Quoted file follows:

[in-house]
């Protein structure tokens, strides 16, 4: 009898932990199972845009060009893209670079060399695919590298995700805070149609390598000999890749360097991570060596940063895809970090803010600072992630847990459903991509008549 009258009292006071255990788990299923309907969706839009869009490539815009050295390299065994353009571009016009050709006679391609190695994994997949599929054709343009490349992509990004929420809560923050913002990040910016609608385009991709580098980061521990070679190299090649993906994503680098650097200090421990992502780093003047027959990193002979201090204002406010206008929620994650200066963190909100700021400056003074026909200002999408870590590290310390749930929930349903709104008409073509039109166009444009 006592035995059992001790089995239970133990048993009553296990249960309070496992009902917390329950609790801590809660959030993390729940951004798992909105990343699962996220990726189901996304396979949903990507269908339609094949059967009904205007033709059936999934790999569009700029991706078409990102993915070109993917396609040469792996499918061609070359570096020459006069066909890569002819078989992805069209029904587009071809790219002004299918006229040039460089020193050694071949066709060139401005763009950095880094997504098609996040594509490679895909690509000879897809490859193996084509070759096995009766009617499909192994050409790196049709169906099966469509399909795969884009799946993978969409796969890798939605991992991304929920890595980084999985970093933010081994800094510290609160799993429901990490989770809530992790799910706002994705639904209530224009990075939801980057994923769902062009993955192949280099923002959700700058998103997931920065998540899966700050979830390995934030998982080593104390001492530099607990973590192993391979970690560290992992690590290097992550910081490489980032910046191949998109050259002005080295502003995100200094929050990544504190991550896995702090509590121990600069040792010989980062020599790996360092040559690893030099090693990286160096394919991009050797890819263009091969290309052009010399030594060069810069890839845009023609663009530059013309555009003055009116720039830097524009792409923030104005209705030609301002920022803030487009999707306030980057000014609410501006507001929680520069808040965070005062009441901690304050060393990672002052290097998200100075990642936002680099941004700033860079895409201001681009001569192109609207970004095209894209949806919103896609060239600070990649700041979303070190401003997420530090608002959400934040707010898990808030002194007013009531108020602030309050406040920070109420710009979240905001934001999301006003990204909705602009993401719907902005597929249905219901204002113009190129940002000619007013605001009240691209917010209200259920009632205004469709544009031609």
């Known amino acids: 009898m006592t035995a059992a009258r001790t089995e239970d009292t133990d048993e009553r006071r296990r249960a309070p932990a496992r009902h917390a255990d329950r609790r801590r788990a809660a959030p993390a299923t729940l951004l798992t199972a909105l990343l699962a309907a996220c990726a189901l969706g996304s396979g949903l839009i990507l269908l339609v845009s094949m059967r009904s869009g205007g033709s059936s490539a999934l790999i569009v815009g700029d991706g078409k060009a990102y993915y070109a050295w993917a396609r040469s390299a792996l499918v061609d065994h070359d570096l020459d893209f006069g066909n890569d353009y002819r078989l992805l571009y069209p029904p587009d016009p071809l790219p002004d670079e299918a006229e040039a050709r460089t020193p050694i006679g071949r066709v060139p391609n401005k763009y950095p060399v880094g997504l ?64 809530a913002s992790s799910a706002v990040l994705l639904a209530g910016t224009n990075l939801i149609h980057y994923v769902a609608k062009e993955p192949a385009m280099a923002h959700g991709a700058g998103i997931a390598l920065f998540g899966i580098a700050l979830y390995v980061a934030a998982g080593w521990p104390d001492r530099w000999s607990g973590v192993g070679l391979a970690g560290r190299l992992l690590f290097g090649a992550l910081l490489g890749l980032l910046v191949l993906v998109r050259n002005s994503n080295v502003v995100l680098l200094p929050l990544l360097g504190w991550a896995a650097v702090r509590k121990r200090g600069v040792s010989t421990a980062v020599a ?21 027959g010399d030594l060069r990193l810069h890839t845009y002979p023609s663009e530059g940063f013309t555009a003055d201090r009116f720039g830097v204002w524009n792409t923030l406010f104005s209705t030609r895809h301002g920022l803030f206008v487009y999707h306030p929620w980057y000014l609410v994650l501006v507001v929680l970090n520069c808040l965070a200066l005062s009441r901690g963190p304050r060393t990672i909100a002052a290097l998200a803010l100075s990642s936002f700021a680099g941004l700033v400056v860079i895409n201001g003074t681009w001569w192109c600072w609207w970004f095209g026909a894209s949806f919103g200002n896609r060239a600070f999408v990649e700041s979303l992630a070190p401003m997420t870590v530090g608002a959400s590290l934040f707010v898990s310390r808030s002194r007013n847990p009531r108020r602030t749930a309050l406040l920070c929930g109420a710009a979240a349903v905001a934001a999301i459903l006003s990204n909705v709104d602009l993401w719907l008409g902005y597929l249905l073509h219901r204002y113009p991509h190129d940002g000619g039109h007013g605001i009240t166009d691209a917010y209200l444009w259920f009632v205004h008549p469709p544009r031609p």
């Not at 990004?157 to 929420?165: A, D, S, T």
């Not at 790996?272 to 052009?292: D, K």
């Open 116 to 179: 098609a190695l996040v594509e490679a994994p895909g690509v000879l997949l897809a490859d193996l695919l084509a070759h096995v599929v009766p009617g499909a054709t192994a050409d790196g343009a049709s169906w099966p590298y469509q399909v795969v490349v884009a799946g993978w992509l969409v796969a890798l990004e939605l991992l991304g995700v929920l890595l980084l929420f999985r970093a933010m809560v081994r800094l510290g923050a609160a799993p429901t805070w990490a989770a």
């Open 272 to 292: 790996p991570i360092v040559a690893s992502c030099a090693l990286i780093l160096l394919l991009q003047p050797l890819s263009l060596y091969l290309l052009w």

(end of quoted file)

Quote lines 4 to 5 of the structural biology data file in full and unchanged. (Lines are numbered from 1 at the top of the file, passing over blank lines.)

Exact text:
């Not at 990004?157 to 929420?165: A, D, S, T």
């Not at 790996?272 to 052009?292: D, K």